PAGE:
The Grizzlies said in a statement: “We respect the league’s decision to suspend Ja Morant following this latest episode. Our standards as a league and team are clear, and we expect that all team personnel will adhere to them.”

The league office found that, on May 13, Morant intentionally and prominently displayed a gun while in a car with several other individuals as they were leaving a social gathering in Memphis. Morant wielded the firearm while knowing that he was being recorded and that the recording was being live streamed on Instagram Live, despite having made commitments to the NBA and public statements that he would not repeat the conduct for which he was previously disciplined. On May 16, Morant issued a statement taking full accountability for his actions.

“For Ja, basketball needs to take a back seat at this time,” Silver said. “Prior to his return to play, he will be required to formulate and fulfill a program with the league that directly addresses the circumstances that led him to repeat this destructive behavior.”

Morant is one of the league’s rising stars, the 2020 Kia Rookie of the Year and two-time All-Star in his first four seasons. He was instrumental in the Grizzlies finishing with 51 wins and the No. 2 seed in the Western Conference last season.

The suspension almost certainly means that Morant will not be eligible for any end-of-season awards in 2024, such as MVP and All-NBA. Under the new Collective Bargaining Agreement that goes into effect July 1, a player must appear in 65 games (with limited exceptions) to be eligible for awards.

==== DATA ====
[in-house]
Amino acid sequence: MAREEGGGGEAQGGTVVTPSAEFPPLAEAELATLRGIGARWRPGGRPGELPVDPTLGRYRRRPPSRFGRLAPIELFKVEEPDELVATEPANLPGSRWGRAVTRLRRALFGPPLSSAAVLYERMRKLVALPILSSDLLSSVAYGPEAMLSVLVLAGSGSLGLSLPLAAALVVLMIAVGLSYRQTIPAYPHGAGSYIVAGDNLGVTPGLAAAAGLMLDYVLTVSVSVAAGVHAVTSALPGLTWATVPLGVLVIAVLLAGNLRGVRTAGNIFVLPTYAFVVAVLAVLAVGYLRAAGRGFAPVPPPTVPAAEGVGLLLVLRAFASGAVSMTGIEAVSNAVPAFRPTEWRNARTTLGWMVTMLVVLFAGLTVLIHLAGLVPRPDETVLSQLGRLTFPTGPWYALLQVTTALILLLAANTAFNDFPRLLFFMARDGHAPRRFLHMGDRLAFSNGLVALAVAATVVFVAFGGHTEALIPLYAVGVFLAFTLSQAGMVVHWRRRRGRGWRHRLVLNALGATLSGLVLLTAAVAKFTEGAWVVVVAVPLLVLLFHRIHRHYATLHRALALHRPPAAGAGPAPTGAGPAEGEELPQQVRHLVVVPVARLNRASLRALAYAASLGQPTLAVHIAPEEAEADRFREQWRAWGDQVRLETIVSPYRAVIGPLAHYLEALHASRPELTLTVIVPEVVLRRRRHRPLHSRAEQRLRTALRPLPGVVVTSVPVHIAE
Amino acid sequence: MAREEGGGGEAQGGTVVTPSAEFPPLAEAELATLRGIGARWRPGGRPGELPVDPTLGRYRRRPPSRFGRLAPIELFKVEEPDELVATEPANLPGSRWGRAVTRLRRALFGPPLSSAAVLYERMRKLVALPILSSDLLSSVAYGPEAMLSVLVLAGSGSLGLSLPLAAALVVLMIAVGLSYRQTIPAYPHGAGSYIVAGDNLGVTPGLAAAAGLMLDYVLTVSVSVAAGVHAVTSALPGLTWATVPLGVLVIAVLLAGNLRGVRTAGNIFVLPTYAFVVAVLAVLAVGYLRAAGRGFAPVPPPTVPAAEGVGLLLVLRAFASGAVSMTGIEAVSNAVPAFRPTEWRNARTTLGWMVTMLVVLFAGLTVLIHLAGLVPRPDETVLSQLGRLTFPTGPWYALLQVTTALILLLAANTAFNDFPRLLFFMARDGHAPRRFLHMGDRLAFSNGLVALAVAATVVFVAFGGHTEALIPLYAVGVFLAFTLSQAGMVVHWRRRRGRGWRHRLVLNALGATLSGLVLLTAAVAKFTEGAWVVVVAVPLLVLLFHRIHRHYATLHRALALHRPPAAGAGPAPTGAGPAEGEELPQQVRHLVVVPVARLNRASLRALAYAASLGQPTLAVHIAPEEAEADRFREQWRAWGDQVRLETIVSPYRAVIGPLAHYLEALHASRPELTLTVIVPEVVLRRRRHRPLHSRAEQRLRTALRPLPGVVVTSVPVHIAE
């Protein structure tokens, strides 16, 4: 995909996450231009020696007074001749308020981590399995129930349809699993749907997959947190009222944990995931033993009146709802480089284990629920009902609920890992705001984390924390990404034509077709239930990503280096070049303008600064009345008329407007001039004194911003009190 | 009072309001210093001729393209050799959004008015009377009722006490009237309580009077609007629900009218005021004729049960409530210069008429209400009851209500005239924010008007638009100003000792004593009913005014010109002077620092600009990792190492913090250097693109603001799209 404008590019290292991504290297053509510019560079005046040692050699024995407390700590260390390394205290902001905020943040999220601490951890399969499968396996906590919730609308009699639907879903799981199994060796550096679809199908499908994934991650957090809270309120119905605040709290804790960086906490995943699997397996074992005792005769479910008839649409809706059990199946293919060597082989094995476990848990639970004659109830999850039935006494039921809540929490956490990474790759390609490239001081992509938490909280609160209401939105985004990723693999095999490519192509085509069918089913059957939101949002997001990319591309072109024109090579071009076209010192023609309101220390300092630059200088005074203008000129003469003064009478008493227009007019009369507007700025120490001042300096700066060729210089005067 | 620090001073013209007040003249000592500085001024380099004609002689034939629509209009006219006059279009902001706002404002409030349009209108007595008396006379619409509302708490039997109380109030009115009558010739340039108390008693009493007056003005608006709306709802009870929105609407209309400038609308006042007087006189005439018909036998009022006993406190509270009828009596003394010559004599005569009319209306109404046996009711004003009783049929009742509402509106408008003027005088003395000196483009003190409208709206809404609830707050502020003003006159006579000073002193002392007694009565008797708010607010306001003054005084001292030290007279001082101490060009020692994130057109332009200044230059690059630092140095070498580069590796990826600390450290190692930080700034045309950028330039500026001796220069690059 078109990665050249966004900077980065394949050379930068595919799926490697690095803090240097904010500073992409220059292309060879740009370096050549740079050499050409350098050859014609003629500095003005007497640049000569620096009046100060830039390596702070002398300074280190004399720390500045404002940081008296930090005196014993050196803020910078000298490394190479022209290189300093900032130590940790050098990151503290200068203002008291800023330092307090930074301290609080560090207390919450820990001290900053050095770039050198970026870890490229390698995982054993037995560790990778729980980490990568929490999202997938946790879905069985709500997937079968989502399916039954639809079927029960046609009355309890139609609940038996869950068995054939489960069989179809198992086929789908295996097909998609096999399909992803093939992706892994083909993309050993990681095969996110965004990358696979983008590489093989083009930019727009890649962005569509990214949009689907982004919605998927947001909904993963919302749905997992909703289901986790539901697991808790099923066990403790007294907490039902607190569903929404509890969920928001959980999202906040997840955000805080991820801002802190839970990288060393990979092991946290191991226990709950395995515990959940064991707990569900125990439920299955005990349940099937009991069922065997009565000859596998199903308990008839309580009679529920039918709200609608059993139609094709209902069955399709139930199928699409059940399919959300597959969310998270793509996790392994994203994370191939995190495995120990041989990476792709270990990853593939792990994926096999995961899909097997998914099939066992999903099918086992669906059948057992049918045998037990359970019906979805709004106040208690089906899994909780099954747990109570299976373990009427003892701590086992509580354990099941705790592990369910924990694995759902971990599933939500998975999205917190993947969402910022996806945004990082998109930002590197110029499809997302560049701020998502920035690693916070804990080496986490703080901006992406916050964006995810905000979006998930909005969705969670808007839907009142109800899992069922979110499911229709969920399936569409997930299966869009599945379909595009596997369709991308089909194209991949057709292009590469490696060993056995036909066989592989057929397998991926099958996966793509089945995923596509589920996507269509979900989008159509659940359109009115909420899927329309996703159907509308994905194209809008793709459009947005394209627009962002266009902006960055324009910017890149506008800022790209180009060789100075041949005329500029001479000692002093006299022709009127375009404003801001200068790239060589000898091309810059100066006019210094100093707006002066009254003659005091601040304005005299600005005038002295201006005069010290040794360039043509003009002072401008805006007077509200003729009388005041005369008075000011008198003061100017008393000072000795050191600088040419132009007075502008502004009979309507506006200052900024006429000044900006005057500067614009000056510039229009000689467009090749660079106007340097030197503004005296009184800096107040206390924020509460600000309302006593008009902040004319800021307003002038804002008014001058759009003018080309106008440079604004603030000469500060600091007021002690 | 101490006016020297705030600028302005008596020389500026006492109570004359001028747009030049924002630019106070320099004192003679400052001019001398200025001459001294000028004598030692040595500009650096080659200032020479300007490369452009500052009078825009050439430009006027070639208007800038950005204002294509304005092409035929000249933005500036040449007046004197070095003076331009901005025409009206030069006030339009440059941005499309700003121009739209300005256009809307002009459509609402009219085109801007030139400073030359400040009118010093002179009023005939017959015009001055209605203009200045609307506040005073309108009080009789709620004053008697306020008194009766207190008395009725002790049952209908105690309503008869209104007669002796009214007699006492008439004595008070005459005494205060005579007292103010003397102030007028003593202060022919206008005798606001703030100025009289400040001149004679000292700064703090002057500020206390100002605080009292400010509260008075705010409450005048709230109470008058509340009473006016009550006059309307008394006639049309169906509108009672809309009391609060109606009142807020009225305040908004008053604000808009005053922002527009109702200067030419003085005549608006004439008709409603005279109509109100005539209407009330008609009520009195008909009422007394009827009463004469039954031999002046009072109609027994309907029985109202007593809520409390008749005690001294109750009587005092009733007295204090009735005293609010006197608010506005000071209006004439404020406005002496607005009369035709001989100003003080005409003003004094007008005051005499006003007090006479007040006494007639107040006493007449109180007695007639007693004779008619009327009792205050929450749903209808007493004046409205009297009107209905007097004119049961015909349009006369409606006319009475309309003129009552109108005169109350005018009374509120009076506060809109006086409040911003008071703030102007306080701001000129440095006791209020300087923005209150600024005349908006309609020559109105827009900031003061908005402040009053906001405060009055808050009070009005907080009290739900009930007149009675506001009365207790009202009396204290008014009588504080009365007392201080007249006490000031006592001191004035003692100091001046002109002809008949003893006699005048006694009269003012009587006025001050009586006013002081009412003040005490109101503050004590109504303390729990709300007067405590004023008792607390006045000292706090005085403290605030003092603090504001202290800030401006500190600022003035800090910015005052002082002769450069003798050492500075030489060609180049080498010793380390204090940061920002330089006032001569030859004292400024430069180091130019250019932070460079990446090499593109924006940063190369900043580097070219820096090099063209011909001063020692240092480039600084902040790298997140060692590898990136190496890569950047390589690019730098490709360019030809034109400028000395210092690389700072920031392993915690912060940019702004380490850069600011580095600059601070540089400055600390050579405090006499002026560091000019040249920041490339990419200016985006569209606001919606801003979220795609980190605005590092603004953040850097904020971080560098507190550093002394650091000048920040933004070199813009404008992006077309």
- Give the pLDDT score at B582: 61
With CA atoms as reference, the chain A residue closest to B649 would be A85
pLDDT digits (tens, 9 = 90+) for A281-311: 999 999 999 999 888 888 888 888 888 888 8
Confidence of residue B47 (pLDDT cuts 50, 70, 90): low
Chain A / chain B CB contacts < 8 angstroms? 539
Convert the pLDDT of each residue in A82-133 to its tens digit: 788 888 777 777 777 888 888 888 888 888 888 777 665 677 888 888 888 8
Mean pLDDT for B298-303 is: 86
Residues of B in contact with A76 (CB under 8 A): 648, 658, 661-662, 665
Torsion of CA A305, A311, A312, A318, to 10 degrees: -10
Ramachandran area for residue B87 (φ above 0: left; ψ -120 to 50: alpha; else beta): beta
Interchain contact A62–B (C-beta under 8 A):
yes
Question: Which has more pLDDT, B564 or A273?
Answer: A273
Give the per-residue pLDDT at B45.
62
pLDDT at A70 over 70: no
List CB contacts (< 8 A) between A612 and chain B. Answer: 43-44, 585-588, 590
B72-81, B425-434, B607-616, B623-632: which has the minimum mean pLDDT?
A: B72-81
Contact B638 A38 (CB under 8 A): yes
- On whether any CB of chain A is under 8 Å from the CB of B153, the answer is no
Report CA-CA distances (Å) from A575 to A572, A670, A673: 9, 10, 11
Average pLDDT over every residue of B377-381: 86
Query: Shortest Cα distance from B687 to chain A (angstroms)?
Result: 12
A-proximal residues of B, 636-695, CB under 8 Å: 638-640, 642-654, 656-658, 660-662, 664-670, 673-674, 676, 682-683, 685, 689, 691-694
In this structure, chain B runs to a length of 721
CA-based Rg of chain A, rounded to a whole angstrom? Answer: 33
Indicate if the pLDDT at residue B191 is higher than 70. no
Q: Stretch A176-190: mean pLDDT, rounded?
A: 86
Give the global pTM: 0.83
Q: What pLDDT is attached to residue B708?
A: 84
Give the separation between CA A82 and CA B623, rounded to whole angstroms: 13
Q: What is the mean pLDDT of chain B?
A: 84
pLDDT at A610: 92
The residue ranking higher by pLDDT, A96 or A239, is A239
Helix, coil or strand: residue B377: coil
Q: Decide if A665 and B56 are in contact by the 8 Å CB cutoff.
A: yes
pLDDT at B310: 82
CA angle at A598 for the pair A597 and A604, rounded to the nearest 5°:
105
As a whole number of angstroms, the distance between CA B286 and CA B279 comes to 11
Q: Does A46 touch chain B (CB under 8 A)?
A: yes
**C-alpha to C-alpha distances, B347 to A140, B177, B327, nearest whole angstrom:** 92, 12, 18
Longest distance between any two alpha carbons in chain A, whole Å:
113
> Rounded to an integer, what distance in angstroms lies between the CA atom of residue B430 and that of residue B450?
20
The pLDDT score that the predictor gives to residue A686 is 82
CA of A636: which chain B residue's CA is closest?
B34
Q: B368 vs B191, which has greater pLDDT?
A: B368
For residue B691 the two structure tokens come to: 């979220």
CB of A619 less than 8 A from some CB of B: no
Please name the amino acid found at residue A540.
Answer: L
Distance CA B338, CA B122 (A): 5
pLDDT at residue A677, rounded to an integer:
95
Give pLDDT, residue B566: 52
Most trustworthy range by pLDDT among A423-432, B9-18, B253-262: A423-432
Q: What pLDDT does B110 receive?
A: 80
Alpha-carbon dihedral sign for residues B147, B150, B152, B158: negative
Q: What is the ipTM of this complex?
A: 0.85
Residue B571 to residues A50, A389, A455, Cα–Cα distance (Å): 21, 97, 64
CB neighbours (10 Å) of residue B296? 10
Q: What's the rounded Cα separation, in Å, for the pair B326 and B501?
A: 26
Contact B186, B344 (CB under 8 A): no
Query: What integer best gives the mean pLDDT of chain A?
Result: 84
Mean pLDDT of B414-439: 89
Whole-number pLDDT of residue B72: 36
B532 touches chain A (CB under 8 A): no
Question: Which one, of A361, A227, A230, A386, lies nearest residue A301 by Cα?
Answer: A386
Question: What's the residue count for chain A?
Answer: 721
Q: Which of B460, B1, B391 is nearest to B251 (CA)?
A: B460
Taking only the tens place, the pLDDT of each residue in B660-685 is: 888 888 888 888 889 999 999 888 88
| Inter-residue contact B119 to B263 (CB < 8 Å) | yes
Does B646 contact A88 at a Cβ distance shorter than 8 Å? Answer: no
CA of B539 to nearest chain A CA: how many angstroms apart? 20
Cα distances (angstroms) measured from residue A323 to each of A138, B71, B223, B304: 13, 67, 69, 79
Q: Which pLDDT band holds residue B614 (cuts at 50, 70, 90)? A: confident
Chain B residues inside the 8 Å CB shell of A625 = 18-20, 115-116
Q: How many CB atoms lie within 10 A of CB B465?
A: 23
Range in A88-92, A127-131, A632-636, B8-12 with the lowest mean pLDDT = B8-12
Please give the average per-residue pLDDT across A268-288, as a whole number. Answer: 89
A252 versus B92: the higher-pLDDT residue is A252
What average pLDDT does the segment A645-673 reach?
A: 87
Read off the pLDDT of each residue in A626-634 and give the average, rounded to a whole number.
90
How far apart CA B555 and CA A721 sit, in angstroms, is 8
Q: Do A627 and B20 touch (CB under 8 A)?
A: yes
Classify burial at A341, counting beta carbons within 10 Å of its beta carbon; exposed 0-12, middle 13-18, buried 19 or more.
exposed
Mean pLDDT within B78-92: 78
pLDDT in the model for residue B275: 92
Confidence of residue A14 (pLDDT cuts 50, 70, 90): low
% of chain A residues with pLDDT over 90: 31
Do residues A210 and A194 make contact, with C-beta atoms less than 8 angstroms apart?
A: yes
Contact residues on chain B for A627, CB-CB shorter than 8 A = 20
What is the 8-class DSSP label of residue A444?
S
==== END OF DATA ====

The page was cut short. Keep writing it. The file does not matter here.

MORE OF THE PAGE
Last season, Memphis was 16-9 through its first 25 games. Morant averaged 26.2 points, 5.9 rebounds, 8.1 assists and 1.1 steals per game in 61 games in 2022-23. In his career, Morant has never played in more than 67 games in a season.

Before Game 1 of the 2023 NBA Finals, Silver said told reporters the NBA’s investigation into Morant’s activity was completed.

“We’ve uncovered a fair amount of additional information,” Silver said then. “We probably could have brought it to a head now, but we made the decision, and I believe the Players Association agrees with us, that it would be unfair to these players and these teams in the middle of the series to announce the results of that investigation.”
After the first incident, the NBA suspended Morant for eight games. The Grizzlies star apologized and briefly sought counseling during his absence.

Silver, meanwhile, went on ESPN to say he was “shocked” by the video, however grainy. Morant and his friend were in the front seat of a vehicle, singing along to a rap song when Morant raised the gun into the camera shot.

“Given that we’re of course in the offseason,” Silver said, “he has now been suspended by the Memphis Grizzlies indefinitely, so nothing would have changed anyway in the next few weeks. It seemed better to park that, at least any public announcement, and my sense now is that shortly after the conclusion of the Finals we will announce the outcome of that investigation.”

Information from The Associated Press and’s Steve Aschburner was used in this report.